A collision involving a cart carrying athletes to their event at the World Athletics Championships in Budapest sent glass shards flying into the right eye of Jamaican sprinter Andrew Hudson, forcing him to race with blurred vision.
- The cart collided with another vehicle as it transported athletes
- Hudson says he could not see out of his right eye
- He finished fifth in his race but was elevated to the final
Hudson, competing in the men’s 200 metres semifinals, said doctors had flushed some of the glass out after the accident.
He said he could not see out of his right eye but decided to race.
He finished fifth, but officials advanced him to the final, which will include nine sprinters instead of the usual eight.
“I did the best I could do,” Hudson said after finishing in 20.38 seconds.
“I was sitting in the middle of the room for like 20 minutes, trying to have a decision if I was going to compete or not. I worked hard to be here.
“And even under circumstances, everybody has hurdles in life. If I can run I’m going to try my best. So I tried.”
American gold-medal favourite Noah Lyles and others were in the cart with Hudson as it transported the sprinters from their warm-ups to a waiting room near the track for what was supposed to be the first of the evening’s three semifinal races.
An aerial video taken outside the stadium shows the cart moving down a sidewalk.
Another cart coming from a path to the left hits the athletes’ vehicle, sending a volunteer tumbling out.
The video then shifts to inside the athletes’ cart where Hudson is pressing his fingers against his right eye.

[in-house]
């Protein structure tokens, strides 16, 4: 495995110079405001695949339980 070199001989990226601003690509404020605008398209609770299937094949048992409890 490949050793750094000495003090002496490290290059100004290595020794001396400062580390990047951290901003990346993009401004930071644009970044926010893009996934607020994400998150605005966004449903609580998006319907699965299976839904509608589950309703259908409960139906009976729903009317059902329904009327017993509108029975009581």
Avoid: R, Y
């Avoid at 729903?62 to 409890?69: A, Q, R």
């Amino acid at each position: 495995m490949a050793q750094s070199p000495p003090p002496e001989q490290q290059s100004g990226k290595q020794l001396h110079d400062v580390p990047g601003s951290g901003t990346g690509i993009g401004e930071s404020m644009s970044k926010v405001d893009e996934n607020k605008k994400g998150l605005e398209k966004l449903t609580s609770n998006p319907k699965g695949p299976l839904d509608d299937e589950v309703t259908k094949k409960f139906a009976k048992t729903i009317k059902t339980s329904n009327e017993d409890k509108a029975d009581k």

A spokesperson from Budapest’s local organising committee said it was “investigating the incident and reviewing the transport procedures”.
The race got pushed back about 30 minutes.
Hudson was still shaken as he wound his way out of the post-race interviews and back toward the medical tent.
“It was scary,” he said.
“It’s my eyesight. That’s more important. I’m not going to run track forever, but it just happens.”
Lyles won the semifinal in the night’s fastest time, 19.76, giving him a chance to defend his 200m world title and add it to the 100m gold he won earlier this week.
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“Survived a crash and made the finals,” Lyles tweeted after the semifinal.
The scare outside the track overshadowed most of the news inside the stadium on day six of the championships.
In the absence of world-record holder and reigning champion, Sydney McLaughlin-Levrone, Femke Bol of Netherlands won the women’s 400m hurdles final in 51.70.
In the 100m hurdles, Jamaica’s Danielle Williams defeated Puerto Rican Olympic champion Jasmine Camacho-Quinn by the barest of margins, winning 12.43 to 12.44.
Fellow Jamaican Antonio Watson won the men’s 400m final in 44.22.
Among the Australian results, Stewart McSweyn reached the men’s 5,000m final, having been promoted by the race referee after he was clipped during heat and stumbled to the track.
National record holder Joseph Deng did not advance from the men’s 800m semifinals following an eight-place finish.